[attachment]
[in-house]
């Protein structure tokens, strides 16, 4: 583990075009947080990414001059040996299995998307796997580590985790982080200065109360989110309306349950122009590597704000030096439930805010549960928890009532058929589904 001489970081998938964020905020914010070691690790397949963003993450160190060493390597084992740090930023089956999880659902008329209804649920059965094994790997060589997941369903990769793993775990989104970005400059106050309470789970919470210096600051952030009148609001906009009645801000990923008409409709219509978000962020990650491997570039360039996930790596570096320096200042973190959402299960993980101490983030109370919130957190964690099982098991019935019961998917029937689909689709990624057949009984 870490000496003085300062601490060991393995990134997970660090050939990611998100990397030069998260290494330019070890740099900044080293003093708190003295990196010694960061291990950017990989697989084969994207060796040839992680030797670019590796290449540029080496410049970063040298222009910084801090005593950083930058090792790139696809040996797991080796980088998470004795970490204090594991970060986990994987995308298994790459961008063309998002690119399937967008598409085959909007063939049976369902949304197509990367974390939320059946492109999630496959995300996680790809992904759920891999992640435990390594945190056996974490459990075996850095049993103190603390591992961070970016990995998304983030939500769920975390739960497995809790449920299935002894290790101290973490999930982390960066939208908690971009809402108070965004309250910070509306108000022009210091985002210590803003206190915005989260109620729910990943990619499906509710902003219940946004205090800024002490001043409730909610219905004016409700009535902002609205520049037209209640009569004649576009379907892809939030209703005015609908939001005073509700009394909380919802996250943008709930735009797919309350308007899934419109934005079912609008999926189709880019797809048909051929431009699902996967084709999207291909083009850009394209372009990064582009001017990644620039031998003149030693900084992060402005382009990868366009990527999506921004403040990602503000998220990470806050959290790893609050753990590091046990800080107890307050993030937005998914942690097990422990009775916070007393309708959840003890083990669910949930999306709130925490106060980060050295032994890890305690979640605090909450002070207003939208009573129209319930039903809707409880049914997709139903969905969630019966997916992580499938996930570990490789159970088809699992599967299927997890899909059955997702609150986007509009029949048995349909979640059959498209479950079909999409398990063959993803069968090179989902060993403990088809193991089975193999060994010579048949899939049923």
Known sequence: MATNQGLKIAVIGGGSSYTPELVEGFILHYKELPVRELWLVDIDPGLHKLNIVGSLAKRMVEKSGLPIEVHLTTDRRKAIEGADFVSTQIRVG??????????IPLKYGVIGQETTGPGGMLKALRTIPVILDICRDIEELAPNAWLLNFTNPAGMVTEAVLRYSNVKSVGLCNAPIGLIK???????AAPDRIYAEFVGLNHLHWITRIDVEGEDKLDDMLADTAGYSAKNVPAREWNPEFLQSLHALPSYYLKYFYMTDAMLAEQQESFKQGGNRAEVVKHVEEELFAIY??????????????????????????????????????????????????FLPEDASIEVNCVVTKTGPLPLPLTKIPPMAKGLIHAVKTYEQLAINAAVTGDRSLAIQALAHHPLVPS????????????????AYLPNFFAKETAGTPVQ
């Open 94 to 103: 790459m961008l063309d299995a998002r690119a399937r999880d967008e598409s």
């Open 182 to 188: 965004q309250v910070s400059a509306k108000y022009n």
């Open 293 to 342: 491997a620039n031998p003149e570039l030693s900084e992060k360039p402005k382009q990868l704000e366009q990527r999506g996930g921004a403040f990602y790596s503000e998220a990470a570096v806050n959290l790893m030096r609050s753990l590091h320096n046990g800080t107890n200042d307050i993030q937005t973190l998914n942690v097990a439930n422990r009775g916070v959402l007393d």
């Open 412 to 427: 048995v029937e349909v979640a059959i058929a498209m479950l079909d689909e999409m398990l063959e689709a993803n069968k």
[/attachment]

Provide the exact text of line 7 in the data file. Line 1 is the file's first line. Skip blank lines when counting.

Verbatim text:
């Open 412 to 427: 048995v029937e349909v979640a059959i058929a498209m479950l079909d689909e999409m398990l063959e689709a993803n069968k």